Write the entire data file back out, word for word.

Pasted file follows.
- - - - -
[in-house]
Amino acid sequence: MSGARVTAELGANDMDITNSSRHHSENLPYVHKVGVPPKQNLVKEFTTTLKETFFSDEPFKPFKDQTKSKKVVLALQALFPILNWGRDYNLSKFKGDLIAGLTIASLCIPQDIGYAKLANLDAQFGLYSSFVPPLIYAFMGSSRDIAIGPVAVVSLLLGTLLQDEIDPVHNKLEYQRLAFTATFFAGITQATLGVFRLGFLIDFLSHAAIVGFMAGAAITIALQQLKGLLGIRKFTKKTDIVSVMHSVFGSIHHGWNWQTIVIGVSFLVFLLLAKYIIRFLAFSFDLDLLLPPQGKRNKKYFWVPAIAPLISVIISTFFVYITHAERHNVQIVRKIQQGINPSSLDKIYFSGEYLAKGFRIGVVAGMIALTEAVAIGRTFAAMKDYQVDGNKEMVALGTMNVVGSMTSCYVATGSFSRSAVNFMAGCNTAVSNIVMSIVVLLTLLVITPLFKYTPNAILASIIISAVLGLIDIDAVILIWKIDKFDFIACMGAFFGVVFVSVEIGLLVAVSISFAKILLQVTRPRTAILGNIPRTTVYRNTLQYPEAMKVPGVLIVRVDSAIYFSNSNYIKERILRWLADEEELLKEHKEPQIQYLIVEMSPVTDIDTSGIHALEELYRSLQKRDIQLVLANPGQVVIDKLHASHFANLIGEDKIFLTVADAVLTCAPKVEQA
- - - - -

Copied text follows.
[in-house]
Amino acid sequence: MSGARVTAELGANDMDITNSSRHHSENLPYVHKVGVPPKQNLVKEFTTTLKETFFSDEPFKPFKDQTKSKKVVLALQALFPILNWGRDYNLSKFKGDLIAGLTIASLCIPQDIGYAKLANLDAQFGLYSSFVPPLIYAFMGSSRDIAIGPVAVVSLLLGTLLQDEIDPVHNKLEYQRLAFTATFFAGITQATLGVFRLGFLIDFLSHAAIVGFMAGAAITIALQQLKGLLGIRKFTKKTDIVSVMHSVFGSIHHGWNWQTIVIGVSFLVFLLLAKYIIRFLAFSFDLDLLLPPQGKRNKKYFWVPAIAPLISVIISTFFVYITHAERHNVQIVRKIQQGINPSSLDKIYFSGEYLAKGFRIGVVAGMIALTEAVAIGRTFAAMKDYQVDGNKEMVALGTMNVVGSMTSCYVATGSFSRSAVNFMAGCNTAVSNIVMSIVVLLTLLVITPLFKYTPNAILASIIISAVLGLIDIDAVILIWKIDKFDFIACMGAFFGVVFVSVEIGLLVAVSISFAKILLQVTRPRTAILGNIPRTTVYRNTLQYPEAMKVPGVLIVRVDSAIYFSNSNYIKERILRWLADEEELLKEHKEPQIQYLIVEMSPVTDIDTSGIHALEELYRSLQKRDIQLVLANPGQVVIDKLHASHFANLIGEDKIFLTVADAVLTCAPKVEQA